University of Minnesota
Software Engineering Center

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Mats Heimdahl

Photo of Mats Heimdahl
Computer Science and Engineering Department Head
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Kenneth H Keller Hall room 6-201

M.S. Computer Science and Engineering from the Royal Institute of Technology, Sweden, 1988.

Ph.D. Computer Science, University of California at Irvine, 1994.


Professor Mats Heimdahl specializes in software engineering and safety critical systems. He is the director of the University of Minnesota Software Engineering Center (UMSEC).

Heimdahl is the recipient of the National Science Foundation's CAREER award, a McKnight Land-Grant Professorship and the McKnight Presidential Fellow award at the University of Minnesota, and the University of Minnesota Award for Outstanding Contributions to Post-Baccalaureate, Graduate, and Professional Education.


Software is increasingly involved in our lives; software controls physical systems ranging from microwave ovens and watches to nuclear power plants, aircraft, and cars. Computer-related failures can, in many of these applications, have catastrophic effects.

My research group, the Critical Systems Research Group (CriSys), is conducting research in software engineering and is investigating methods and tools to help us develop software with predictable behavior free from defects.

Research in this area spans all aspects of system development ranging from concept formation and requirements specification, through design and implementation, to testing and maintenance. In particular, we are currently investigating model-based software development for critical systems.

Specifically, we are focusing on how to use various static verification techniques to assure that software requirements models possess desirable properties, how to correctly generate production code from software requirements models, how to validate models, and how to effectively use the models in the testing process.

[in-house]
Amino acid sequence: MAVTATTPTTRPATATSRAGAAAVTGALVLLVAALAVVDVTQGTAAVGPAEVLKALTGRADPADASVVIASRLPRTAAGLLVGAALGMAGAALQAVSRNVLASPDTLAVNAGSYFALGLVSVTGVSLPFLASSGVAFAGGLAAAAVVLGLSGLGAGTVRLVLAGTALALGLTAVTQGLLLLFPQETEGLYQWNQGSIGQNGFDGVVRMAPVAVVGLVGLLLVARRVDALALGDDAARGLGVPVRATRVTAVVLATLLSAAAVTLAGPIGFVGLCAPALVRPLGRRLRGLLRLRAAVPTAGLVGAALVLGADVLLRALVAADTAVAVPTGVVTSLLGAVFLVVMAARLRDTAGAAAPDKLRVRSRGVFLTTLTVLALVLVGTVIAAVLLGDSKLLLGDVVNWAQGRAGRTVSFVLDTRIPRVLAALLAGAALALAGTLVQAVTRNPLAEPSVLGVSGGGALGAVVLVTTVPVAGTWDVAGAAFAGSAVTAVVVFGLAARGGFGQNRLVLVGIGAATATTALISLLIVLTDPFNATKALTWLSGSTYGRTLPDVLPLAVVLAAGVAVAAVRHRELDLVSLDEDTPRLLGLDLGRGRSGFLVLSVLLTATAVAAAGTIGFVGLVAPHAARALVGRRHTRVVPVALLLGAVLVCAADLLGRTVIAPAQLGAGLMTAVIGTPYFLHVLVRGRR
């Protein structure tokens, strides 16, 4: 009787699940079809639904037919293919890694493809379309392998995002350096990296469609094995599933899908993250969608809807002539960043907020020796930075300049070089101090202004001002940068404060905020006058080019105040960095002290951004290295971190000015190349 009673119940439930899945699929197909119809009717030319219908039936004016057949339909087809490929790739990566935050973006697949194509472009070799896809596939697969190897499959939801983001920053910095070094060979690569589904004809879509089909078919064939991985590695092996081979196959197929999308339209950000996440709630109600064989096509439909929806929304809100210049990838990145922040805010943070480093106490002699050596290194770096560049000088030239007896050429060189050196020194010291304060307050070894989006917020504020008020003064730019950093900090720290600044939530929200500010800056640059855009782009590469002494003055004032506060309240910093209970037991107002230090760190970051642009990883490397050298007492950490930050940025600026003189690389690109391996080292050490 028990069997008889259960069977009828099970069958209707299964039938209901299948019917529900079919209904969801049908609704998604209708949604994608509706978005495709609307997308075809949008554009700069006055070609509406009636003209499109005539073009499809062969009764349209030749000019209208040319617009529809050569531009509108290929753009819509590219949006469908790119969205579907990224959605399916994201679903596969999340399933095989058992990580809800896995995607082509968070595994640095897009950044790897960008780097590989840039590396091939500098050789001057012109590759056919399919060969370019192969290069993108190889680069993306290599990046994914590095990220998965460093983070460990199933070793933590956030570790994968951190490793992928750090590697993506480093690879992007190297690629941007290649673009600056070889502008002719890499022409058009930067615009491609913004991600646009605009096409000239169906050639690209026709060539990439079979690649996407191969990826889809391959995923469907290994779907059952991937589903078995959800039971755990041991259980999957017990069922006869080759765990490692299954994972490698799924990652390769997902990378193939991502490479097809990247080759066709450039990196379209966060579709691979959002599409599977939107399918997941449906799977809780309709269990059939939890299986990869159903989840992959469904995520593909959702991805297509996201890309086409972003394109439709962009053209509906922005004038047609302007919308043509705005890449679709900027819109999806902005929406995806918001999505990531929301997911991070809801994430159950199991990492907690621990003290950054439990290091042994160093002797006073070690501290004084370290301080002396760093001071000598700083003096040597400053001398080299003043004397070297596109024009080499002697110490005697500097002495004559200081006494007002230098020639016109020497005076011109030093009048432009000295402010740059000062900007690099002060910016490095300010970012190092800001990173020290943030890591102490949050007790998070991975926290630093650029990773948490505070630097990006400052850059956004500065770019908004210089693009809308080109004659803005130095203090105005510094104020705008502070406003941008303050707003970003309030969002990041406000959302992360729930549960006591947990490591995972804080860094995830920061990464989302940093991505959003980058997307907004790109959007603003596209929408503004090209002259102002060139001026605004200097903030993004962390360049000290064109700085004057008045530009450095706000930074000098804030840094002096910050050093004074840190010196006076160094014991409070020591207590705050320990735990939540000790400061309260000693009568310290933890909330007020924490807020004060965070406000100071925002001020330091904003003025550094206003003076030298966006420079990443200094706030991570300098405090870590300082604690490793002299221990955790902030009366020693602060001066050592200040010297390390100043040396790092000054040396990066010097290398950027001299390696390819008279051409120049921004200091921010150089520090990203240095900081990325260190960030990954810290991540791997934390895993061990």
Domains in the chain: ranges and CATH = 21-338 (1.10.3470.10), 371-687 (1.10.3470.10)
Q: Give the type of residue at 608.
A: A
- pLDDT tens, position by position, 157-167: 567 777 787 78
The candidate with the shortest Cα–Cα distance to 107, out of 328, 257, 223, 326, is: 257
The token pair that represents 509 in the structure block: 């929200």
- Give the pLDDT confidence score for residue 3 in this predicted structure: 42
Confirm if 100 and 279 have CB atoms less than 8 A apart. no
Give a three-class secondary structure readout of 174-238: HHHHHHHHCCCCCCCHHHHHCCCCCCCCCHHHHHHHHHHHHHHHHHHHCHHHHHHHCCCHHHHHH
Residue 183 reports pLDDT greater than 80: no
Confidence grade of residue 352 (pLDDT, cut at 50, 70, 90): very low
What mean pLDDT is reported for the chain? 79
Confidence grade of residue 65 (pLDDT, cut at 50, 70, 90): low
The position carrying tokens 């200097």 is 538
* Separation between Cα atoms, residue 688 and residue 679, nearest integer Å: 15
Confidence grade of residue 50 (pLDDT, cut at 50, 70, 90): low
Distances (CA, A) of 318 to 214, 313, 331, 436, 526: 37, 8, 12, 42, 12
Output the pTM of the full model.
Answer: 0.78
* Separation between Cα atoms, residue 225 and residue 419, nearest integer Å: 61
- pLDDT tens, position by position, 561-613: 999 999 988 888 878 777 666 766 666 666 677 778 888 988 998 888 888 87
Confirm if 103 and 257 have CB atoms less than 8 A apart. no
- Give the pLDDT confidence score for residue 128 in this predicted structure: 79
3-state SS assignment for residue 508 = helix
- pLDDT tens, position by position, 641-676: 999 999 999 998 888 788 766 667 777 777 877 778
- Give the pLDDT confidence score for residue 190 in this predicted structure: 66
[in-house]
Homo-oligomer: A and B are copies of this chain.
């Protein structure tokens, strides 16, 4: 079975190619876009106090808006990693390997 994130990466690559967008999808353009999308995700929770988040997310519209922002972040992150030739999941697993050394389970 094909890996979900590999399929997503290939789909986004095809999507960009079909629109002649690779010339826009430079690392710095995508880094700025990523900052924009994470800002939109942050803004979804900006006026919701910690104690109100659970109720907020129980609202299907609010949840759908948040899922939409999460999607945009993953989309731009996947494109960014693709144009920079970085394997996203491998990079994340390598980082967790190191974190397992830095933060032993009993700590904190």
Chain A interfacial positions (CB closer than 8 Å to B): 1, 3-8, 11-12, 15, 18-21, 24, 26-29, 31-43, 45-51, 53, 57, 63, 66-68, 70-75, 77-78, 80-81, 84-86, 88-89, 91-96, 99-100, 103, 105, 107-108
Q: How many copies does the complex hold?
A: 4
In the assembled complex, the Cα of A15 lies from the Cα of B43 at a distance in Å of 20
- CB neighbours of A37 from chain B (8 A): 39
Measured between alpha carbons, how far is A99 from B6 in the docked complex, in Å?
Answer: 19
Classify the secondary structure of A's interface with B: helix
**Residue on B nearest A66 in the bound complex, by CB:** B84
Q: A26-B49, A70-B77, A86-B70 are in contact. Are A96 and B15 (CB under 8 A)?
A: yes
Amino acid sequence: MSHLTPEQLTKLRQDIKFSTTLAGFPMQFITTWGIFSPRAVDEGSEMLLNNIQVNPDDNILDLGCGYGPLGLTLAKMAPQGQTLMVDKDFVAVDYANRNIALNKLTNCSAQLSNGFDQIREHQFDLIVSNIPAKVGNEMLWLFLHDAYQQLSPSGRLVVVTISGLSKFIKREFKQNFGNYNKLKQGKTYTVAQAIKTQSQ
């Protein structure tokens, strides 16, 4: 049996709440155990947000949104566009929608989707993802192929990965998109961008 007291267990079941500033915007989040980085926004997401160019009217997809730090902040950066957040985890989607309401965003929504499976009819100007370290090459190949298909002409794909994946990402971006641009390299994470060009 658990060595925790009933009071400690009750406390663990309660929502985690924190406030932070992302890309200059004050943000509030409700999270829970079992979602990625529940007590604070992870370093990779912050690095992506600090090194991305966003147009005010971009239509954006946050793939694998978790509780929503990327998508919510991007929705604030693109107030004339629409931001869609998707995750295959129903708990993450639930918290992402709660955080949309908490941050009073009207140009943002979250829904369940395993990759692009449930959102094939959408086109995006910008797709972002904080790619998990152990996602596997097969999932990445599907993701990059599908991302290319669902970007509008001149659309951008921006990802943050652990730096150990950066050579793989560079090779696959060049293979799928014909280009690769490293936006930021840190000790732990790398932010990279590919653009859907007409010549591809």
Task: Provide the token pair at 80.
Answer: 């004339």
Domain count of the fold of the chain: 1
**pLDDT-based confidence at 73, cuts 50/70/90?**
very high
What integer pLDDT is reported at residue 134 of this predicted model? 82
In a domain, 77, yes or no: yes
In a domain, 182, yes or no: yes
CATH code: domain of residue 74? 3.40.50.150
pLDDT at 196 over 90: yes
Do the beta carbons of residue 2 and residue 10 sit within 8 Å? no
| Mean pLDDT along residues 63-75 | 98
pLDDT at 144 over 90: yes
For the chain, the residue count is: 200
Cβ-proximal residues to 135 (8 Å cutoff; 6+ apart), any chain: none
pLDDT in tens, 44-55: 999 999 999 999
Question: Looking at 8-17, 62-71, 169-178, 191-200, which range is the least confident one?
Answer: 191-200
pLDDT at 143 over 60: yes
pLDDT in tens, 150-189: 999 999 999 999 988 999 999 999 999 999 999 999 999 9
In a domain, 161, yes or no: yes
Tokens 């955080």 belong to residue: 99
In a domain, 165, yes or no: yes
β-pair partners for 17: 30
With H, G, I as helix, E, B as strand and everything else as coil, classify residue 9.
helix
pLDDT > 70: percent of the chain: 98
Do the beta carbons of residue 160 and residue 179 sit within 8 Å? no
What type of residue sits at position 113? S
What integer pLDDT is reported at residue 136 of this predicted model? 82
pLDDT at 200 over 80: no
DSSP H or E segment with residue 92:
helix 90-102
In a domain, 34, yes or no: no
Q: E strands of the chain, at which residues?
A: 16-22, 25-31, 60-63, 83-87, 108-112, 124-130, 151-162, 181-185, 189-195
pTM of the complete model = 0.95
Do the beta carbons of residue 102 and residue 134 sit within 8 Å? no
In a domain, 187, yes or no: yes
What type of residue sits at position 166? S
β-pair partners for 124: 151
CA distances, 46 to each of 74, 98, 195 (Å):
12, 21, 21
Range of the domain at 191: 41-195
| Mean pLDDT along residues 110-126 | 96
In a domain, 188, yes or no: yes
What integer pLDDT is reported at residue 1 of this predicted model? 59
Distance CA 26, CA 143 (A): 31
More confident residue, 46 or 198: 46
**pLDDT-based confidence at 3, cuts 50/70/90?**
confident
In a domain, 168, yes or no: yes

Software engineering and safety critical systems.

Recent Publications

Representation of Confidence in Assurance Cases using the Beta Distribution

Assurance cases are used to document an argument that a system---such as a critical software system---satisfies some desirable property (e.g., safety, security, or reliability). Demonstrating high confidence that the claims made based on an assurance case can be trusted is crucial to the success of the case. Researchers have proposed quantification of confidence as a Baconian probability ratio of eliminated concerns about the assurance case to the total number of identified concerns.

Executing Model-based Tests on Platform-specific Implementations

Model-based testing of embedded real-time systems is challenging because platform-specific details are often abstracted away to make the models amenable to various analyses. Testing an implementation to expose non-conformance to such a model requires reconciling differences arising from these abstractions. Due to stateful behavior, naive comparisons of model and system behaviors often fail causing numerous false positives.

Efficient Observability-based Test Generation by Dynamic Symbolic Execution

Structural coverage metrics have been widely used to measure test suite adequacy as well as to generate test cases. In previous investigations, we have found that the fault-finding effectiveness of tests satisfying structural coverage criteria is highly dependent on program syntax – even if the faulty code is exercised, its effect may not be observable at the output. To address these problems, observability-based coverage metrics have been defined.